The enigmatic condition known as fibromyalgia, which is often referred to as “muscle pain”, is a complex syndrome characterized by chronic skeletal and muscle pain, hypersensitivity, and severe sleep disturbances. In addition, this debilitating condition can also manifest as mood swings, such as depression and anxiety, as well as memory issues. It affects between 2 to 4 percent of the population, with women being affected more often than men, making up approximately 80 percent of patients. Although this condition can occur at any age, including in children, it is more commonly seen in those in their 20s and above, with the highest incidence being in individuals in their 50s.
While there is a growing understanding that there are both genetic and environmental risk factors associated with fibromyalgia, research suggests that stress may play a significant role in the development of the condition. However, it is essential to note that the relationship between stress and fibromyalgia is complex, and it is not merely a psychological condition. Indeed, mental stress can be a risk factor, as research has shown that the disease can develop after physical or mental trauma or against the background of post-traumatic stress disorder (PTSD).
Trauma, whether physical or emotional, can affect how the brain processes pain and stress, leading to an increase in the pain transmission patterns that are characteristic of fibromyalgia. Studies have found that individuals with a history of trauma, such as abused children, military veterans, and survivors of traumatic events like the 2005 Revadim railway accident in Israel, are more likely to develop fibromyalgia later in life.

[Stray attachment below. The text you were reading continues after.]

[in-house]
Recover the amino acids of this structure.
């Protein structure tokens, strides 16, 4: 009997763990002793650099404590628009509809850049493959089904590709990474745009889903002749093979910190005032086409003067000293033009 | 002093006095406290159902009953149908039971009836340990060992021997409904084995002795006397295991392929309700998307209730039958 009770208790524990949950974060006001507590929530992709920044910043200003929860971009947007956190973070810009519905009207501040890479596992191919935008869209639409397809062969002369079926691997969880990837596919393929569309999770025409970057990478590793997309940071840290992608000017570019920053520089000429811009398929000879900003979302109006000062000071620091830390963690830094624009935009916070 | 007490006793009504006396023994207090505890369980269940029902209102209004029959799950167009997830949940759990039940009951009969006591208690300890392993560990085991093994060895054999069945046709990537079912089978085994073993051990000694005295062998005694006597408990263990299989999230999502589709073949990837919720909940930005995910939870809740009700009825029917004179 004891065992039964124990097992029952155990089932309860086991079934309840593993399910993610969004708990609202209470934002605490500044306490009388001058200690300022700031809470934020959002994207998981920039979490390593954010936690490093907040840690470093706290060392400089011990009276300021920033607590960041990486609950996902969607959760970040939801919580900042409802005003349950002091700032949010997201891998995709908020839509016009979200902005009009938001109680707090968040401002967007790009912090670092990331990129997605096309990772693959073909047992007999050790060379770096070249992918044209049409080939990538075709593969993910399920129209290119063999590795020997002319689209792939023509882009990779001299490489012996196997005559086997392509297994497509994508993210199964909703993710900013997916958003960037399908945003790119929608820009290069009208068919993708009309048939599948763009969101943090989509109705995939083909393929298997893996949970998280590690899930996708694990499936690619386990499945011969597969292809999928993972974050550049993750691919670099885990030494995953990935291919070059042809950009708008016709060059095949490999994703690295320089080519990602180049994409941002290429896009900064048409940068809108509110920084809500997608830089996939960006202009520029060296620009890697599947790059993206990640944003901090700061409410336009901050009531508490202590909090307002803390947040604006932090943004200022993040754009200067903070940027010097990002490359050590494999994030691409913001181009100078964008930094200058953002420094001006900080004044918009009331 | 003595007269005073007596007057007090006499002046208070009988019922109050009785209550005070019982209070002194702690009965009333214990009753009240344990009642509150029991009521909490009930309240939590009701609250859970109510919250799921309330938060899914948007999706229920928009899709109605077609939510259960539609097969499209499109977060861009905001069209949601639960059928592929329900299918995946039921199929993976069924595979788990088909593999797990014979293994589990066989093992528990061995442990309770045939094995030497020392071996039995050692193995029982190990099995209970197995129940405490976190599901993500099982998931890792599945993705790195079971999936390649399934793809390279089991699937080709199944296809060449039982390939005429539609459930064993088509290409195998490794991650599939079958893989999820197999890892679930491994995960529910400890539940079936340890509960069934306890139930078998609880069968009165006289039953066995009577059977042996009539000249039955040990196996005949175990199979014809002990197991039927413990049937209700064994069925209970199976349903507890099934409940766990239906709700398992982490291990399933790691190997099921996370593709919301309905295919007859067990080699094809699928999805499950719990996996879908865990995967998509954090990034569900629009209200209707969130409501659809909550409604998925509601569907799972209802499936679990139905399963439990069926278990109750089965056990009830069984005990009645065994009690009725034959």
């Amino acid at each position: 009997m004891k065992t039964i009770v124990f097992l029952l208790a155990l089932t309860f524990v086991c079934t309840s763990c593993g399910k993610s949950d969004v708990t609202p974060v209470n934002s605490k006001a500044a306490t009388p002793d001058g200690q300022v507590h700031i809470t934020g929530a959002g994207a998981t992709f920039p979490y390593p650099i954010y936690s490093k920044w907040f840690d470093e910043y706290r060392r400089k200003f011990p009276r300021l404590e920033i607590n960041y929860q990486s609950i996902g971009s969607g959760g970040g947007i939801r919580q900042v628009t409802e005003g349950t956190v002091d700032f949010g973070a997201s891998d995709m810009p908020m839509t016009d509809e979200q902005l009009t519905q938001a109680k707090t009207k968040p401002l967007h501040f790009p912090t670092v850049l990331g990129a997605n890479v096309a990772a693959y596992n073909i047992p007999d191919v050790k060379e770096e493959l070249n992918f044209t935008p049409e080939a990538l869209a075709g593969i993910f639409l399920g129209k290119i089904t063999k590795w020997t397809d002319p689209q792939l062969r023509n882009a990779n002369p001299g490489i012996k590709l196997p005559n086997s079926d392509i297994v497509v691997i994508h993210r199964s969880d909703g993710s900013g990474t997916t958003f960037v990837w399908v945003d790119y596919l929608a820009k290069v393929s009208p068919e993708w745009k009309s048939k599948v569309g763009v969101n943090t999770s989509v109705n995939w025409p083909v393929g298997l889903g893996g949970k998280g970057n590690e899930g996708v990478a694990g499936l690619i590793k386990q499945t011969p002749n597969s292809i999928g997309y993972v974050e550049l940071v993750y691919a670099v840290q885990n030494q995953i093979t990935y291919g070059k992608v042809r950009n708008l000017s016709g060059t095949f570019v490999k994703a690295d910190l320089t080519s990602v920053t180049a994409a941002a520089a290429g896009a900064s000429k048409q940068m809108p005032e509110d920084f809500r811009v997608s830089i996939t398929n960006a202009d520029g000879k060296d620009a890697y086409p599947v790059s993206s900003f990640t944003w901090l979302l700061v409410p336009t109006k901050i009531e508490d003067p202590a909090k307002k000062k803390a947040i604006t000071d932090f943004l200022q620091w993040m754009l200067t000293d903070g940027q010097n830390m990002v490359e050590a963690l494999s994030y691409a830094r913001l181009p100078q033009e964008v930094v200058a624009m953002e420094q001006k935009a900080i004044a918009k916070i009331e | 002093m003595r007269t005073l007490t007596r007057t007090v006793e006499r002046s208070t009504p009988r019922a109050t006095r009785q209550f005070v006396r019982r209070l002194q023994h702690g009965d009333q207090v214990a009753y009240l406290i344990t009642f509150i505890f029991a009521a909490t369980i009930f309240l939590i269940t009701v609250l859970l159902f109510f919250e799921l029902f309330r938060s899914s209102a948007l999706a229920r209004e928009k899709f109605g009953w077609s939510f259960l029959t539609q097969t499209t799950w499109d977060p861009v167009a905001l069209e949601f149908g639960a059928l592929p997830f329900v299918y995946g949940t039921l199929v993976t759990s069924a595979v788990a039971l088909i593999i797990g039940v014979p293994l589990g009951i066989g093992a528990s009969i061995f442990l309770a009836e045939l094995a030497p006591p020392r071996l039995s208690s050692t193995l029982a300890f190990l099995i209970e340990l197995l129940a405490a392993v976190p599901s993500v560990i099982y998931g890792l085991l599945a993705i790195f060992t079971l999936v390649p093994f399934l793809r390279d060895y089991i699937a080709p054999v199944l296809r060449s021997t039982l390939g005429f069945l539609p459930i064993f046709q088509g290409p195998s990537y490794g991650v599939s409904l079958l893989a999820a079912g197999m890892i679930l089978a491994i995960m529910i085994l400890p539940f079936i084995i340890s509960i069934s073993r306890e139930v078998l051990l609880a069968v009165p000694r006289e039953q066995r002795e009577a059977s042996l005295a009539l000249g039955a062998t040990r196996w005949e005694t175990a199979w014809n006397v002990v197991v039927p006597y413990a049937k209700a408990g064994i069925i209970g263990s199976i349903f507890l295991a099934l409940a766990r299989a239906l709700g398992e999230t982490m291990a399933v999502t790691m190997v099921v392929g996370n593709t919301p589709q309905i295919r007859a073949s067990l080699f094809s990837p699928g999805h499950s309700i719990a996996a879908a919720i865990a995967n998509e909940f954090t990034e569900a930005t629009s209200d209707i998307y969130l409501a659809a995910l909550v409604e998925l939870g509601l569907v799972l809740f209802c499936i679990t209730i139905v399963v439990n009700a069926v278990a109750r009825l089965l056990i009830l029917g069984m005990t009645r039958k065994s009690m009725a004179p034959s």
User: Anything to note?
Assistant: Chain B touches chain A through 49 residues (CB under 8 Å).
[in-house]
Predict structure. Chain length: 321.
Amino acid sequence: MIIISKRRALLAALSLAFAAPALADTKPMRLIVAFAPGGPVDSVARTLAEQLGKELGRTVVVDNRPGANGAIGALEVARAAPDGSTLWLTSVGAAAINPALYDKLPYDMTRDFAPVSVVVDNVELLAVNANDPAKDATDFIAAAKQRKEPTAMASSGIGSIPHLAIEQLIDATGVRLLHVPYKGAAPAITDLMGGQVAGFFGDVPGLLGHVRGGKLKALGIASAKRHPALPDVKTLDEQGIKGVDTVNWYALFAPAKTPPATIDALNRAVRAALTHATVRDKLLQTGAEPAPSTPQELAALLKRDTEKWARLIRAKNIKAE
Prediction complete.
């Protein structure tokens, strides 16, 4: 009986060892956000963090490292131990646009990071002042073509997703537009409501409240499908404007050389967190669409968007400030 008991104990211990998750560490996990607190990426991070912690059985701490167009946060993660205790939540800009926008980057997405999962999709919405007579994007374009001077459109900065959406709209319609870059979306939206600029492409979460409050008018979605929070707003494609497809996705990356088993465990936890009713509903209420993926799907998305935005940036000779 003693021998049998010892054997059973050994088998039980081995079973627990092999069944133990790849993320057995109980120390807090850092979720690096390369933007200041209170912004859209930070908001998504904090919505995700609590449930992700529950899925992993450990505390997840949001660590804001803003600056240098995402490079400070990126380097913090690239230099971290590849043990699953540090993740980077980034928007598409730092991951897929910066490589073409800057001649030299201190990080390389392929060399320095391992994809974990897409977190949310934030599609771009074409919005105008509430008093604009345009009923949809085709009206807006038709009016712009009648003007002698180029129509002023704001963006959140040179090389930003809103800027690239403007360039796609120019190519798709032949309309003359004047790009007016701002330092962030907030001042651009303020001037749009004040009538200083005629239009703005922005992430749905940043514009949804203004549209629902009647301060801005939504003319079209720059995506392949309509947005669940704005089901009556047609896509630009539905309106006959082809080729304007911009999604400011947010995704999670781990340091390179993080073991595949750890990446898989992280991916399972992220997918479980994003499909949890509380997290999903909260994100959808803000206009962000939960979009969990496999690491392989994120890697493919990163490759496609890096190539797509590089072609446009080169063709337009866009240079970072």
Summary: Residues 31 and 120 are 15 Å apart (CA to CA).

There are a variety of treatments available to help alleviate the symptoms of fibromyalgia. Due to the significant connection between the body and mind in this condition, many mental therapies have been developed over the years to help patients. One of the most effective and commonly used therapies is short-term cognitive-behavioral therapy (CBT). CBT works by helping patients change their negative thought patterns and replace them with positive ones, ultimately changing the way the brain processes pain. Other mental therapies include mindfulness-based stress reduction (MBSR), operant behavioral therapy (OBT), and holistic approaches such as yoga, tai chi, and qigong, which have been shown to improve symptoms such as pain, sleep quality, and physical and metabolic function.
In addition to mental therapies, medication can also be used to alleviate the symptoms of fibromyalgia. Antidepressants and anxiety medications from the SNRI family have been found to be effective in treating fibromyalgia by inhibiting the absorption of serotonin and norepinephrine